We’re two days away from having a new president. But we’re apparently a lot longer than that from having a Trump administration with even a minimally functional ability to govern.
Politico’s Michael Crowley has a nice piece explaining the missing National Security Council staffers, and the dangers that could cause if there’s an early crisis. Hundreds of briefing papers have been created by Obama’s NSC and sent to Team Trump, but the New York Times reports that no one knows if they’ve been reviewed.
Yet the NSC is ahead of the curve for this administration. Look at the big four departments. There’s no Trump appointee for any of the top State Department jobs below secretary nominee Rex Tillerson. No Trump appointee for any of the top Department of Defense jobs below retired general James Mattis. Treasury? Same story. Justice? It is one of two departments (along with, bizarrely, Commerce) where Trump has selected a deputy secretary. But no solicitor general, no one at civil rights, no one in the civil division, no one for the national security division.
And the same is true in department after department. Not to mention agencies without anyone at all nominated by the president-elect.
Overall, out of 690 positions requiring Senate confirmation tracked by the Washington Post and Partnership for Public Service, Trump has come up with only 28 people so far.
The Atlantic’s Russell Berman had a good story two weeks ago about how far behind Trump was. Since then? If anything, it’s getting worse — he’s added only two of those 28 since Jan. 5. As Berman reported, the Partnership for Public Service suggested a president should have “100 Senate-confirmed appointees in place on or around Inauguration Day.” At this pace, he won’t have 100 nominees by the end of February, let alone having them confirmed and hard at work.
The likely consequences?
First of all, the government actually does things, and without all the jobs filled it’s not apt to do them very well. Even if there’s no catastrophic failure, lack of leadership will, as should be no surprise, yield inertia and low morale, leading to steadily worse performance.
When it comes to policy, Trump will be only a vague presence in the executive branch during the months when presidents normally have the best chance to get things done. It’s not news to anyone that bureaucrats are skilled in resisting the preferences of presidents. But an entrenched bureaucracy against a secretary (and in most cases, a secretary with little government experience or little policy expertise or both) and a bunch of empty desks? That’s no contest. Congress and interest groups may still have plenty of clout inside the departments and agencies, but Trump, at least until he has some people there, will have little.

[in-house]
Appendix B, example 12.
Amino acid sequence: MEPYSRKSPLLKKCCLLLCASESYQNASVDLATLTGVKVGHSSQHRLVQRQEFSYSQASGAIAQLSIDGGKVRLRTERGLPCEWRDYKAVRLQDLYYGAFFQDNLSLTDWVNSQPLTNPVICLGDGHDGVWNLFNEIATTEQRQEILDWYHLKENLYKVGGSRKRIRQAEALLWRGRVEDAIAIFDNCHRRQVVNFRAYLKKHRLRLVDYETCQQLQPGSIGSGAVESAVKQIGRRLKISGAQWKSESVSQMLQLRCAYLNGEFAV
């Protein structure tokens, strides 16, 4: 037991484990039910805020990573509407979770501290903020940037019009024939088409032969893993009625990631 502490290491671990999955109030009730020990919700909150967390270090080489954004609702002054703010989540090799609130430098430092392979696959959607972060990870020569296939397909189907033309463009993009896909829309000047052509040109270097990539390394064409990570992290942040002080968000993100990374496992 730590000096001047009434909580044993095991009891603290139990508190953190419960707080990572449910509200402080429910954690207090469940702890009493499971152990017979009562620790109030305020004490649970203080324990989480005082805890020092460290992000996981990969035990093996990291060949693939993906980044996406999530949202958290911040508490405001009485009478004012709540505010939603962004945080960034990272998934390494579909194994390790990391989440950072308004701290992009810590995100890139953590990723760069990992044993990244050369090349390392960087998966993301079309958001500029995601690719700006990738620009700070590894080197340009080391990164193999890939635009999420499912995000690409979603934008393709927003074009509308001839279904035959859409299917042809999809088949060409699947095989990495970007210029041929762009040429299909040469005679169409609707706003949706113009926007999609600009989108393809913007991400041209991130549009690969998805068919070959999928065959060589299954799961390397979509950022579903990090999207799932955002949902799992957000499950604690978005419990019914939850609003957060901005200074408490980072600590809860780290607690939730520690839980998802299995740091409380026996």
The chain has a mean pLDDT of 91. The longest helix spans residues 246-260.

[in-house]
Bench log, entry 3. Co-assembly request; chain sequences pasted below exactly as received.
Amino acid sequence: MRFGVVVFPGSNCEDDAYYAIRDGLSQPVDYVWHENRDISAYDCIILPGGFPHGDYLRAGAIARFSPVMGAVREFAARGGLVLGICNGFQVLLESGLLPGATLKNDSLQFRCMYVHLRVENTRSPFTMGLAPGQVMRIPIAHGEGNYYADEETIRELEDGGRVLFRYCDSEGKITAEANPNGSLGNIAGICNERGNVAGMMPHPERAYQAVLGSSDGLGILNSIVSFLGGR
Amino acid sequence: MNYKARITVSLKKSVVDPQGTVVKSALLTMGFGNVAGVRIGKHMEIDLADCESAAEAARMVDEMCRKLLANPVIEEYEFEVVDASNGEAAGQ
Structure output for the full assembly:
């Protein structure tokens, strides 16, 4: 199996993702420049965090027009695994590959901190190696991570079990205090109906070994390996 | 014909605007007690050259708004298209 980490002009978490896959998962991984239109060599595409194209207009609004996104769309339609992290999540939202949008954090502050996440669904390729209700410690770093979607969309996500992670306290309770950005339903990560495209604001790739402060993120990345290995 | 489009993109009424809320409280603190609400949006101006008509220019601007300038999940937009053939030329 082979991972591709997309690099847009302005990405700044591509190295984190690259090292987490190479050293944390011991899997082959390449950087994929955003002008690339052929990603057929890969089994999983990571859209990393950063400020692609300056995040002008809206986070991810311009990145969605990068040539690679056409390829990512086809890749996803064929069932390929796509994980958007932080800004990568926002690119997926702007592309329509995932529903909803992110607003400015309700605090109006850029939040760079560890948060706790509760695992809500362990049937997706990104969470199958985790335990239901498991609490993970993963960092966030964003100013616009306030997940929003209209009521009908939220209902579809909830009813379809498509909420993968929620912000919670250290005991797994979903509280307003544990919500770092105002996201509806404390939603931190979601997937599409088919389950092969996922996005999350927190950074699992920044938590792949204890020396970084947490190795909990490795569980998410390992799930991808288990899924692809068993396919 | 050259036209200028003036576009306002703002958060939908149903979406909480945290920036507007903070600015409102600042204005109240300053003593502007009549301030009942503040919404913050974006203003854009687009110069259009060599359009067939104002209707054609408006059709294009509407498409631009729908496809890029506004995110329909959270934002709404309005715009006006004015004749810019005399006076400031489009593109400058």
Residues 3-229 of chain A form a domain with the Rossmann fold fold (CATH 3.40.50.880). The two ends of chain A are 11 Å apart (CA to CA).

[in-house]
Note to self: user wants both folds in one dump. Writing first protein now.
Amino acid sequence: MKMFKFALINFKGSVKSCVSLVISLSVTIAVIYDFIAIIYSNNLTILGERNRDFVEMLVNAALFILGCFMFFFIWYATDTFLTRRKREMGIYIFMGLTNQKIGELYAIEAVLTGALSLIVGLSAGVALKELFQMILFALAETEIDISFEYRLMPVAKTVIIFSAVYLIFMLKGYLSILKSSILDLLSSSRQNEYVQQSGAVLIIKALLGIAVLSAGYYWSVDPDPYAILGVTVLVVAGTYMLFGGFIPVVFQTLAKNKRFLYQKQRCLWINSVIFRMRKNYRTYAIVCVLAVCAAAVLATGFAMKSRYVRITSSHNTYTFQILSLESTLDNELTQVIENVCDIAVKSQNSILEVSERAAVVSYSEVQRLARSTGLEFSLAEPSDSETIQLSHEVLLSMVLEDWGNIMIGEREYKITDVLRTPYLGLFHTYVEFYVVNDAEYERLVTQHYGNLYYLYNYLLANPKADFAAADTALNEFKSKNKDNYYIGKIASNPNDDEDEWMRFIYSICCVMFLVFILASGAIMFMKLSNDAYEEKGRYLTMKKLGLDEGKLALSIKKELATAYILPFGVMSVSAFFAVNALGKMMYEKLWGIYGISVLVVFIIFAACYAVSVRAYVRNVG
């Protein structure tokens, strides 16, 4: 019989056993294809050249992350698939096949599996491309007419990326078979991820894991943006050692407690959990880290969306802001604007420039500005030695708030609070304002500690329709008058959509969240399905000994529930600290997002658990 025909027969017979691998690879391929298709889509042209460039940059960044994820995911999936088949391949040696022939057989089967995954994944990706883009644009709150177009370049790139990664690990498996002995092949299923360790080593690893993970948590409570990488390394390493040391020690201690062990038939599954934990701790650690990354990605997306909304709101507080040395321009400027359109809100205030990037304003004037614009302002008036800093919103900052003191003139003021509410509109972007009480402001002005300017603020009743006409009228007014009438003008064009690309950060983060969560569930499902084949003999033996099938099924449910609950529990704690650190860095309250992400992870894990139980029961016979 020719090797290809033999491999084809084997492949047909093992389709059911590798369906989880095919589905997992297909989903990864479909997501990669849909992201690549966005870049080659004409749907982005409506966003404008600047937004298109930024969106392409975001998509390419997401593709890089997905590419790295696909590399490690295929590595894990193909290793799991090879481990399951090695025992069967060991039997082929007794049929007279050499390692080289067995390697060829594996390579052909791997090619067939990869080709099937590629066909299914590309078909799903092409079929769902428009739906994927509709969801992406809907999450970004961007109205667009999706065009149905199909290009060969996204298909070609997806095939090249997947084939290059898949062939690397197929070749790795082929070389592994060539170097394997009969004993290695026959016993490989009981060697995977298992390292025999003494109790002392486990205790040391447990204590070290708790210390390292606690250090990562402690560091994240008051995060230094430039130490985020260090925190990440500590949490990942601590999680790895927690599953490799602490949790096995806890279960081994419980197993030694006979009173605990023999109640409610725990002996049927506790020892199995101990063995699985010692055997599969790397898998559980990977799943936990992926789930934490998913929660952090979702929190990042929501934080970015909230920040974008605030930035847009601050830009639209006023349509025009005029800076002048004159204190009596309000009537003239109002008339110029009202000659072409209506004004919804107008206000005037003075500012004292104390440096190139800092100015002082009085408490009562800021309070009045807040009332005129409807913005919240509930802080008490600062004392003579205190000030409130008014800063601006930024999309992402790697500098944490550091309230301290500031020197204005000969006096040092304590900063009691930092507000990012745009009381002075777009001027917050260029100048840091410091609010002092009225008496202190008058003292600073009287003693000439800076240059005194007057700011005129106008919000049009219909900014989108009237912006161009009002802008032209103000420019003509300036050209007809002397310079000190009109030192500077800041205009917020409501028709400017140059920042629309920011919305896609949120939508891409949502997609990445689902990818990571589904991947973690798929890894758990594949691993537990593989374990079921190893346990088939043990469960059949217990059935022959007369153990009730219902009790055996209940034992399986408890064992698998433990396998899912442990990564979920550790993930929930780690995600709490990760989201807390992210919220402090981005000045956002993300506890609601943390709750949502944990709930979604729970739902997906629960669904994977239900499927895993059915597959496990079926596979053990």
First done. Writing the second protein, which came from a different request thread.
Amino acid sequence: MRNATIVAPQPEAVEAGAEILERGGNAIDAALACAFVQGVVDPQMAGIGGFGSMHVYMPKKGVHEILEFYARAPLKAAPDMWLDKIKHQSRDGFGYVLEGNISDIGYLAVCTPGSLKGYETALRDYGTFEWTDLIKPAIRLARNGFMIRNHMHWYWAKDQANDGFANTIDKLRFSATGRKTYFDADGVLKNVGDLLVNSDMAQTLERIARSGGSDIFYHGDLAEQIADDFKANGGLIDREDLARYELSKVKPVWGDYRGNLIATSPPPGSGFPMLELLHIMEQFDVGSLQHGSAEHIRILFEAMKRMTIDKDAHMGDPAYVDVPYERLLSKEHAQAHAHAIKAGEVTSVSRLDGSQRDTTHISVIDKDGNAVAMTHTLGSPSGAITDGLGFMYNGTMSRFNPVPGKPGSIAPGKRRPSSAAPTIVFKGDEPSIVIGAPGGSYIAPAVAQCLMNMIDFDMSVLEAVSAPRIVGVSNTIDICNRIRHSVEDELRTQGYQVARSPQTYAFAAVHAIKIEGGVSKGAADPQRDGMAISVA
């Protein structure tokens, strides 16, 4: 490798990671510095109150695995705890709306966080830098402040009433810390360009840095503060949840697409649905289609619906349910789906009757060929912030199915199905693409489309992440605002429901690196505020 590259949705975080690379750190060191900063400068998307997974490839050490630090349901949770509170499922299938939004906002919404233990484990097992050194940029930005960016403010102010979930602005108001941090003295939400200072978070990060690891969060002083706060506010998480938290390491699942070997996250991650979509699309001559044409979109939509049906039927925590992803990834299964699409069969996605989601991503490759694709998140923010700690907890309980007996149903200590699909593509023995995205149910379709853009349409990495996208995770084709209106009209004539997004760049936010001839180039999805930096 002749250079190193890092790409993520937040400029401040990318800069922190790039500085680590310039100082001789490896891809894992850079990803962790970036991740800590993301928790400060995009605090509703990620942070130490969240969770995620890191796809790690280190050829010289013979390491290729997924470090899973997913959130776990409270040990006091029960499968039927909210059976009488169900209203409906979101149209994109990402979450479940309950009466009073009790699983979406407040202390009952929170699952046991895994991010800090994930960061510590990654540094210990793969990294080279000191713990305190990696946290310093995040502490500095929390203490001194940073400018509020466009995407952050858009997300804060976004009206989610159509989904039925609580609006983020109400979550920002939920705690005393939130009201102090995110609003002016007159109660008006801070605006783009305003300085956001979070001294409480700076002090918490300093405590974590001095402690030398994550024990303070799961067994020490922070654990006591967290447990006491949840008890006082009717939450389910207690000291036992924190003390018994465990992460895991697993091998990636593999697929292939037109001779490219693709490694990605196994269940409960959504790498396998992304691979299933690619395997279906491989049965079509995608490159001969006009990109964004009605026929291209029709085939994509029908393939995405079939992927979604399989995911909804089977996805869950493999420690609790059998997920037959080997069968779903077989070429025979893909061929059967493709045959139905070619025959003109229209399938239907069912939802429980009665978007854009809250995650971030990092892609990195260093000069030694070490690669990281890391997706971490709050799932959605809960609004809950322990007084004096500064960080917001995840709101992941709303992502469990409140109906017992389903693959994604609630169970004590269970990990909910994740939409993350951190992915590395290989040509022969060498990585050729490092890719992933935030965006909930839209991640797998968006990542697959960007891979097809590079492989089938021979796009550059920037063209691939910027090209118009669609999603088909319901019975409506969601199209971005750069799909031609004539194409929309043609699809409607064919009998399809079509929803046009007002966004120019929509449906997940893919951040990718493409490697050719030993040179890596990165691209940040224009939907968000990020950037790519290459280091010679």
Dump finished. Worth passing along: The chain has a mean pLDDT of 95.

It’s possible Trump, or the people around him, intend to just bypass the executive branch and attempt to run the nation, including its foreign policy, out of the White House. It’s possible, to some extent, but that rarely ends well.
It’s also possible Trump just wants to outsource policy beneath his main agenda to interest groups, the way he’s apparently accepted a list of potential Supreme Court nominees from the Heritage Foundation, or to Congress. That’s a dangerous step for a president, because even if he has no personal objections to the policy outcomes, neither interest groups nor Congress is apt to look after the best interests of the president.
If I had to guess, however, I’d say that the failure to get his administration up and running on time isn’t a deliberate choice by Trump; he just has no idea what he’s doing, and hasn’t surrounded himself with people well-equipped to translate his impulses and his campaign commitments into a full-fledged government. This isn’t exactly a surprise. Recall that the Trump Organization has never had a large bureaucracy and that his campaign didn’t staff up the way campaigns normally do, so he doesn’t really have any relevant management experience. And, of course, he’s never demonstrated any significant knowledge in how the government actually works. The results are likely to be damaging to his presidency, and to the nation.
Bernstein is a Bloomberg View columnist. He taught political science at the University of Texas at San Antonio and DePauw University and wrote A Plain Blog About Politics.